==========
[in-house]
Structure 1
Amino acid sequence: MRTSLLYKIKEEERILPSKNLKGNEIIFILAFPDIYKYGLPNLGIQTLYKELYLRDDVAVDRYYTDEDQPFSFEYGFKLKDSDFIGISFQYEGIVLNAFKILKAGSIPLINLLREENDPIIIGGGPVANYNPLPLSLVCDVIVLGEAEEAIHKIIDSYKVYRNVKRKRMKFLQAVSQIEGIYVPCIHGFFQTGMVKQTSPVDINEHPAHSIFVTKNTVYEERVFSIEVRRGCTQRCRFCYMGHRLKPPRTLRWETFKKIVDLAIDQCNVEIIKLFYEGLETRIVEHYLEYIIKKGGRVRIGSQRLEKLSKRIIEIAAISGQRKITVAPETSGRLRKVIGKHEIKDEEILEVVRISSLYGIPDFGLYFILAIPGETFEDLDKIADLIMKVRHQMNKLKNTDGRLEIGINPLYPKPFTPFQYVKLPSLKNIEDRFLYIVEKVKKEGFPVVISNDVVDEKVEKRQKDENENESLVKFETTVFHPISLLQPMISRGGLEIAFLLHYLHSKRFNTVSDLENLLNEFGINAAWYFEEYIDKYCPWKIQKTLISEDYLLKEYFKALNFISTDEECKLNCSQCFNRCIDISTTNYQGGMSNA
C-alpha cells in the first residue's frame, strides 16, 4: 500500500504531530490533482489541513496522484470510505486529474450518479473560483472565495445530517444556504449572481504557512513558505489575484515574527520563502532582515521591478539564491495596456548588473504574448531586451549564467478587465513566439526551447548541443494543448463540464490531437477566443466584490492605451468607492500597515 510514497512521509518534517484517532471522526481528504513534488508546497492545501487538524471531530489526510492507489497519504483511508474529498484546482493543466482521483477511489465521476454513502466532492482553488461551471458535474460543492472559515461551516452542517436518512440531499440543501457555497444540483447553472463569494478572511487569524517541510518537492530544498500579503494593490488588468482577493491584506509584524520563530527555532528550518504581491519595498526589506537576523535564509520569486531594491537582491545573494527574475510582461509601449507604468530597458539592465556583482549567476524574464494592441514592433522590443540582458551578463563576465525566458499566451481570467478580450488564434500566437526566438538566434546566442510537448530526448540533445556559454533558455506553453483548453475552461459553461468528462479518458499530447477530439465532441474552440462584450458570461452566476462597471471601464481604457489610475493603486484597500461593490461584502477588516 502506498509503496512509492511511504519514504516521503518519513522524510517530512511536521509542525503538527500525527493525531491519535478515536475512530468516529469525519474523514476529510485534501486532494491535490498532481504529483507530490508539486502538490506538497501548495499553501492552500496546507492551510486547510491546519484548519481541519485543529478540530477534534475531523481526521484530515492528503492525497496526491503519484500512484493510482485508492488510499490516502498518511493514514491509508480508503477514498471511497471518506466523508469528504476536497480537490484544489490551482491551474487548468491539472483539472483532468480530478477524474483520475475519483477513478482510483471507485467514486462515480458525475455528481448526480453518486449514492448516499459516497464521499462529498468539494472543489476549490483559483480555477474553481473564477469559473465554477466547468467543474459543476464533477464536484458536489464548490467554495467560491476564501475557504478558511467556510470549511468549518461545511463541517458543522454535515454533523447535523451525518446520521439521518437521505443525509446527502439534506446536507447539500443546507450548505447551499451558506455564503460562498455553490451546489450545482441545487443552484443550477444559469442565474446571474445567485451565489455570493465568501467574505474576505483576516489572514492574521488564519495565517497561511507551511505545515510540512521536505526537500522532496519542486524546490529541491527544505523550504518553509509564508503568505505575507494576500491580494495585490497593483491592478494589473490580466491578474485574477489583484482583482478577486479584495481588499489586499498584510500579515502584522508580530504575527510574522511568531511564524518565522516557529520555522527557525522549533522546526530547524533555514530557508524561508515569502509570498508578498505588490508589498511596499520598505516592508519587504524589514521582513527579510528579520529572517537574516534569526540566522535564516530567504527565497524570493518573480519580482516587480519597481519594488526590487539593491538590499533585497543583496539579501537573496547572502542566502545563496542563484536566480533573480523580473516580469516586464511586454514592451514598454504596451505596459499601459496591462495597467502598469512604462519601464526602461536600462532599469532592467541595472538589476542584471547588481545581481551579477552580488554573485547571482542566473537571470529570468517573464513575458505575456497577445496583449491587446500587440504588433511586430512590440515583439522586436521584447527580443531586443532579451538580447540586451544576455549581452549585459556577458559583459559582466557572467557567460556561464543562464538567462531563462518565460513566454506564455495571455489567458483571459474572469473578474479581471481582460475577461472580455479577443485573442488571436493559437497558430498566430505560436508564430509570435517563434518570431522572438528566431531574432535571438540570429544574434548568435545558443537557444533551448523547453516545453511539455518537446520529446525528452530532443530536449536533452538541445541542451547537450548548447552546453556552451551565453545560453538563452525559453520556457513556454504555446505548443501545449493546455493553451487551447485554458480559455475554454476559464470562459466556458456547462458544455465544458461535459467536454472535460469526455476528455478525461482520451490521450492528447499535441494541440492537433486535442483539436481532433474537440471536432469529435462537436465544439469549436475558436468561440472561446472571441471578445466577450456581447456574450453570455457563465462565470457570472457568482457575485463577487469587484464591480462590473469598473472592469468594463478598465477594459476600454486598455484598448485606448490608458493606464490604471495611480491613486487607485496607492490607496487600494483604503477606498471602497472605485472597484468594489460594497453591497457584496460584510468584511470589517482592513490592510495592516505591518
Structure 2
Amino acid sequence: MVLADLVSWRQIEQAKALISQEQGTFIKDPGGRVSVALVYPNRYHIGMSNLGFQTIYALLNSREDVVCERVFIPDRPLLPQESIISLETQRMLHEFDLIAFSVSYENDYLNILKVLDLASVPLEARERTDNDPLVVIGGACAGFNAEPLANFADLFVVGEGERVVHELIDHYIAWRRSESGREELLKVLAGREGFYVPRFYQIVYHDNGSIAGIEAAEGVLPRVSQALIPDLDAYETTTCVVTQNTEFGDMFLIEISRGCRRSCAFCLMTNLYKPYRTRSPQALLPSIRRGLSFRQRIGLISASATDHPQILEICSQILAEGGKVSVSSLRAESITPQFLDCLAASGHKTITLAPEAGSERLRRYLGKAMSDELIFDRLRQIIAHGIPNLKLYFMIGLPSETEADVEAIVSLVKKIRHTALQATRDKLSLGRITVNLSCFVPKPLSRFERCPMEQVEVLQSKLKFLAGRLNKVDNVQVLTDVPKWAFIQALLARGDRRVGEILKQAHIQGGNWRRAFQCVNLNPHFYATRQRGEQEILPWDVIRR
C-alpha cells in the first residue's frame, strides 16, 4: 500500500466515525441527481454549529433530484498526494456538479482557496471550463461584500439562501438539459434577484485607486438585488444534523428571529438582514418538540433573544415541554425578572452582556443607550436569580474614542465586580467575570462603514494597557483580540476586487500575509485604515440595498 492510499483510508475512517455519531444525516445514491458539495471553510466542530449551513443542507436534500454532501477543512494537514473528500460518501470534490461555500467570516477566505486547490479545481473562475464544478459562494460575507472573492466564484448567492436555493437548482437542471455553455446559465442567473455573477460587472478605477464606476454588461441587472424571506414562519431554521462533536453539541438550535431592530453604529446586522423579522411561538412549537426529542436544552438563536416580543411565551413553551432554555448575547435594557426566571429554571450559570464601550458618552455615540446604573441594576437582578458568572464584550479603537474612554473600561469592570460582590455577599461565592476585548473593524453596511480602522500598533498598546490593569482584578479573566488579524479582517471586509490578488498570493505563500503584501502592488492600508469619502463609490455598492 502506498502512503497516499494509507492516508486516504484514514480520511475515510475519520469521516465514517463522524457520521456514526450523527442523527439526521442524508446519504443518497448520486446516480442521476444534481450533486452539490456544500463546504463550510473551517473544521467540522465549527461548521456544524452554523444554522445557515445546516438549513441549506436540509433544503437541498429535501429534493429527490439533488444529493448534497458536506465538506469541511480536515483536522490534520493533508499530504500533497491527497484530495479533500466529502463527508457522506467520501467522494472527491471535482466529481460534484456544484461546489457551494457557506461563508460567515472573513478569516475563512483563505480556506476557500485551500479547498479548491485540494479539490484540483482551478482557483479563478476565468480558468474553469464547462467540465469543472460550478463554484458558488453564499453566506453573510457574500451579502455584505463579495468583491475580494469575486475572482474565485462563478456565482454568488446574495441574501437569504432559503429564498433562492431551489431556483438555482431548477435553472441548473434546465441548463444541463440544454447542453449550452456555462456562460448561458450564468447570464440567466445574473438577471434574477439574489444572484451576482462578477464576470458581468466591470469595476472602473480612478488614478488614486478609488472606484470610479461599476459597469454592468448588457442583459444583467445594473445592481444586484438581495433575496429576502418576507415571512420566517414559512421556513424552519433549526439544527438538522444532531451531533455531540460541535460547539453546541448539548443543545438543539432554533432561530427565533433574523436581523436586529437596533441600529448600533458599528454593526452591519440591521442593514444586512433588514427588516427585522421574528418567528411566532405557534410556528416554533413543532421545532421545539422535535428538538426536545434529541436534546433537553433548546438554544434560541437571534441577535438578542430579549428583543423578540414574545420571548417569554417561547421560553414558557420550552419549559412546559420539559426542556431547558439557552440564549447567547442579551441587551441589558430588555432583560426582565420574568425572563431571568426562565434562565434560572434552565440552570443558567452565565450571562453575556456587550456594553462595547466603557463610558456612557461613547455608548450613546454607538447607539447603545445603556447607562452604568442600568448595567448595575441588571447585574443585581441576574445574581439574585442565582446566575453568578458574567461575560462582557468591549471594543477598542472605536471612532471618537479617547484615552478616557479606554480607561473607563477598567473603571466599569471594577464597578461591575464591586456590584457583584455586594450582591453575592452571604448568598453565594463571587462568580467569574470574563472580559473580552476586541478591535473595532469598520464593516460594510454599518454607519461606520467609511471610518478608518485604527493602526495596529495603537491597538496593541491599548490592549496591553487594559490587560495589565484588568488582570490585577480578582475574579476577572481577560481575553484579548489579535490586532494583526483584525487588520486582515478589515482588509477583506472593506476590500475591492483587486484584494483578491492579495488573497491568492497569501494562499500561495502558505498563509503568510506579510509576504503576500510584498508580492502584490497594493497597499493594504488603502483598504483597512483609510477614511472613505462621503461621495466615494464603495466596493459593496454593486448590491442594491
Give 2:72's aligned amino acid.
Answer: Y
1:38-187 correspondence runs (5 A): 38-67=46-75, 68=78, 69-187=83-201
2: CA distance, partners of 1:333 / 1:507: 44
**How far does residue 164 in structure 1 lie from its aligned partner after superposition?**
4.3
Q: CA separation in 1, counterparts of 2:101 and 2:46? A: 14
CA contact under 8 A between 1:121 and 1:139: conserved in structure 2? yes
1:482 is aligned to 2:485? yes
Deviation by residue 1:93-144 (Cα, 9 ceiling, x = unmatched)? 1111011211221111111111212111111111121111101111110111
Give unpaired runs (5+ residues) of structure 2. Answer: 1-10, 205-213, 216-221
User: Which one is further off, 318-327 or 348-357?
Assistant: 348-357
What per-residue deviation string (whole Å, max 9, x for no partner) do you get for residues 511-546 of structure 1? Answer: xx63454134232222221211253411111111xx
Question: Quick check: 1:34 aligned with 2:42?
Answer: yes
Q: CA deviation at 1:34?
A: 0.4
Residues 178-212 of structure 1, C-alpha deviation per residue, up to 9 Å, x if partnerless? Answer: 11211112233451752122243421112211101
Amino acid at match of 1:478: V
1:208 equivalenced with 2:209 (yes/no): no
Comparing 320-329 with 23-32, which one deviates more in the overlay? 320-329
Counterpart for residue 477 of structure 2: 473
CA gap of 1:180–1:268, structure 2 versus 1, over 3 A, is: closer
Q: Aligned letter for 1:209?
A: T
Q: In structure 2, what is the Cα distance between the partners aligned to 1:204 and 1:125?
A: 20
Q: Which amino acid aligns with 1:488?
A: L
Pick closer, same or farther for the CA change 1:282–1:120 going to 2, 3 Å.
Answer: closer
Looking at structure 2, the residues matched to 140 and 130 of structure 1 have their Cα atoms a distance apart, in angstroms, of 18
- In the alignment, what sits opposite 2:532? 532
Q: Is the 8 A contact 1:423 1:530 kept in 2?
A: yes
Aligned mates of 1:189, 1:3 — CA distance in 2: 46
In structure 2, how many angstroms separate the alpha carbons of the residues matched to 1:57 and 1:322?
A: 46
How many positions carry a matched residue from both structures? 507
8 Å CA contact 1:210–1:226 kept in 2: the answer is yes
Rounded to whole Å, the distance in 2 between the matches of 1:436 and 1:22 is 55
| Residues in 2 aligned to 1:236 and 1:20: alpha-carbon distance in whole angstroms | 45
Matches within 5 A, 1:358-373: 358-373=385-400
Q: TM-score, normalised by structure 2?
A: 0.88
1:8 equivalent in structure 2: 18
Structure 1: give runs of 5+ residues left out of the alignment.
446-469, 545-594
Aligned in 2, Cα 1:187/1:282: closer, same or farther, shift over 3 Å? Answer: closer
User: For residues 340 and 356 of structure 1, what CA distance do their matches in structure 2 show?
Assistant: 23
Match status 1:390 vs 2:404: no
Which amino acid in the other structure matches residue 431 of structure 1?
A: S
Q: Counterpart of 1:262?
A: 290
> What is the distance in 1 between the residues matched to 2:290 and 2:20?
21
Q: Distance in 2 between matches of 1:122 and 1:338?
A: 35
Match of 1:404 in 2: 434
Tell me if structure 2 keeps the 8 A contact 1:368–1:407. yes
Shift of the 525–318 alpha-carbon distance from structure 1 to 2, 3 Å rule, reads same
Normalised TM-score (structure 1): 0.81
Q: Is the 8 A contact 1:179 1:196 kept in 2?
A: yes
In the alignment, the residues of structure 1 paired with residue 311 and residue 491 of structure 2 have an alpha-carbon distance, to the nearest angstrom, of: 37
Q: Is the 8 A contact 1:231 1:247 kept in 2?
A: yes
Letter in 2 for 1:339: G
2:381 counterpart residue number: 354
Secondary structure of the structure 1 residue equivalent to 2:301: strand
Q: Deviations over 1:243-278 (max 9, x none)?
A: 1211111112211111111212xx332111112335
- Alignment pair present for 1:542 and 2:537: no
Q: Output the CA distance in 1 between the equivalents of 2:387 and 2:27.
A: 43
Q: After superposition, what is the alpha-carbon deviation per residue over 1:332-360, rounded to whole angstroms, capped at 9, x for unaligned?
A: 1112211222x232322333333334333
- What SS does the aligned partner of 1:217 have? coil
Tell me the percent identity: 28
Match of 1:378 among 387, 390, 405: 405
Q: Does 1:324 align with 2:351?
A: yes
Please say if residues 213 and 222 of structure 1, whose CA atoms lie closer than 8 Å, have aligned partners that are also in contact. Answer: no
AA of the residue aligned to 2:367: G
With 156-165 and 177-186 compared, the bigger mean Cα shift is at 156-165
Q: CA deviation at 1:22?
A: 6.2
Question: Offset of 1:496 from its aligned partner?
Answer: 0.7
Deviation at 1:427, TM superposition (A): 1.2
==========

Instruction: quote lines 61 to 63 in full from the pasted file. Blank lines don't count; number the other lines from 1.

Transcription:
Which amino acid in the other structure matches residue 431 of structure 1?
A: S
Q: Counterpart of 1:262?